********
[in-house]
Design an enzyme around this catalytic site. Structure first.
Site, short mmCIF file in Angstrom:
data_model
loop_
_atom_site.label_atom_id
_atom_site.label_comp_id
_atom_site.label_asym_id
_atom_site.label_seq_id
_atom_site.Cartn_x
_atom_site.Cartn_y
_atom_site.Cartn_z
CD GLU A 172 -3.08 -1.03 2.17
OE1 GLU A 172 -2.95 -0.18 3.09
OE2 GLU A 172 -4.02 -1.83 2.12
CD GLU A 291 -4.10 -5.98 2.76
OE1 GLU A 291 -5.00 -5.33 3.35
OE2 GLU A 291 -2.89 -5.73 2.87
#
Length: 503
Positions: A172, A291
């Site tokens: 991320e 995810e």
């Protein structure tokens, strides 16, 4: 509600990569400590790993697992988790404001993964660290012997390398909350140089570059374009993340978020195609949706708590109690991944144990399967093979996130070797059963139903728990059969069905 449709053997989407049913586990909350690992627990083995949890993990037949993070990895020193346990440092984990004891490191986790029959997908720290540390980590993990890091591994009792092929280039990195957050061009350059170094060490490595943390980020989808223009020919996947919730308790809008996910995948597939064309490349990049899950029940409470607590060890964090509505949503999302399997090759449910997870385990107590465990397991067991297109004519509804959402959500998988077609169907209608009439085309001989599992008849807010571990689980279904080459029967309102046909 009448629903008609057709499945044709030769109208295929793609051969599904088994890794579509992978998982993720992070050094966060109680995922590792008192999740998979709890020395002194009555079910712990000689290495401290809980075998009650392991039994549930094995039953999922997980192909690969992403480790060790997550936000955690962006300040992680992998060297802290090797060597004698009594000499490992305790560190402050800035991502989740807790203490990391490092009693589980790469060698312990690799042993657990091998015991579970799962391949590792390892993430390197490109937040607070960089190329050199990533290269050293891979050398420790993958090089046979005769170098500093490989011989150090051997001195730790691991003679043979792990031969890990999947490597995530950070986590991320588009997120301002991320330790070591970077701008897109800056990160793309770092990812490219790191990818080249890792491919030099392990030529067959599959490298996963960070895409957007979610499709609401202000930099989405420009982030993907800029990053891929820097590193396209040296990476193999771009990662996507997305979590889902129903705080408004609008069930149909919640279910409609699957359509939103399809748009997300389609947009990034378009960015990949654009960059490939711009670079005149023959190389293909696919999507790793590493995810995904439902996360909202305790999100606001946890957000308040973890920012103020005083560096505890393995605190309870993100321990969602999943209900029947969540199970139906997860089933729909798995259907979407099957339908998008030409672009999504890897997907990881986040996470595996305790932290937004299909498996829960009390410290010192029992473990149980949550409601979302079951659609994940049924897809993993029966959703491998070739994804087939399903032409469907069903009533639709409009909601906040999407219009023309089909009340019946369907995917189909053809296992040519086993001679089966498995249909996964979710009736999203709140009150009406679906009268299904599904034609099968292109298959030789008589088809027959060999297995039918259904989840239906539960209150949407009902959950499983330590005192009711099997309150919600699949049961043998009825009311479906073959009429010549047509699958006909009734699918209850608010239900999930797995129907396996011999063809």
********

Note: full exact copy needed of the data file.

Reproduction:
[in-house]
Design an enzyme around this catalytic site. Structure first.
Site, short mmCIF file in Angstrom:
data_model
loop_
_atom_site.label_atom_id
_atom_site.label_comp_id
_atom_site.label_asym_id
_atom_site.label_seq_id
_atom_site.Cartn_x
_atom_site.Cartn_y
_atom_site.Cartn_z
CD GLU A 172 -3.08 -1.03 2.17
OE1 GLU A 172 -2.95 -0.18 3.09
OE2 GLU A 172 -4.02 -1.83 2.12
CD GLU A 291 -4.10 -5.98 2.76
OE1 GLU A 291 -5.00 -5.33 3.35
OE2 GLU A 291 -2.89 -5.73 2.87
#
Length: 503
Positions: A172, A291
């Site tokens: 991320e 995810e």
């Protein structure tokens, strides 16, 4: 509600990569400590790993697992988790404001993964660290012997390398909350140089570059374009993340978020195609949706708590109690991944144990399967093979996130070797059963139903728990059969069905 449709053997989407049913586990909350690992627990083995949890993990037949993070990895020193346990440092984990004891490191986790029959997908720290540390980590993990890091591994009792092929280039990195957050061009350059170094060490490595943390980020989808223009020919996947919730308790809008996910995948597939064309490349990049899950029940409470607590060890964090509505949503999302399997090759449910997870385990107590465990397991067991297109004519509804959402959500998988077609169907209608009439085309001989599992008849807010571990689980279904080459029967309102046909 009448629903008609057709499945044709030769109208295929793609051969599904088994890794579509992978998982993720992070050094966060109680995922590792008192999740998979709890020395002194009555079910712990000689290495401290809980075998009650392991039994549930094995039953999922997980192909690969992403480790060790997550936000955690962006300040992680992998060297802290090797060597004698009594000499490992305790560190402050800035991502989740807790203490990391490092009693589980790469060698312990690799042993657990091998015991579970799962391949590792390892993430390197490109937040607070960089190329050199990533290269050293891979050398420790993958090089046979005769170098500093490989011989150090051997001195730790691991003679043979792990031969890990999947490597995530950070986590991320588009997120301002991320330790070591970077701008897109800056990160793309770092990812490219790191990818080249890792491919030099392990030529067959599959490298996963960070895409957007979610499709609401202000930099989405420009982030993907800029990053891929820097590193396209040296990476193999771009990662996507997305979590889902129903705080408004609008069930149909919640279910409609699957359509939103399809748009997300389609947009990034378009960015990949654009960059490939711009670079005149023959190389293909696919999507790793590493995810995904439902996360909202305790999100606001946890957000308040973890920012103020005083560096505890393995605190309870993100321990969602999943209900029947969540199970139906997860089933729909798995259907979407099957339908998008030409672009999504890897997907990881986040996470595996305790932290937004299909498996829960009390410290010192029992473990149980949550409601979302079951659609994940049924897809993993029966959703491998070739994804087939399903032409469907069903009533639709409009909601906040999407219009023309089909009340019946369907995917189909053809296992040519086993001679089966498995249909996964979710009736999203709140009150009406679906009268299904599904034609099968292109298959030789008589088809027959060999297995039918259904989840239906539960209150949407009902959950499983330590005192009711099997309150919600699949049961043998009825009311479906073959009429010549047509699958006909009734699918209850608010239900999930797995129907396996011999063809």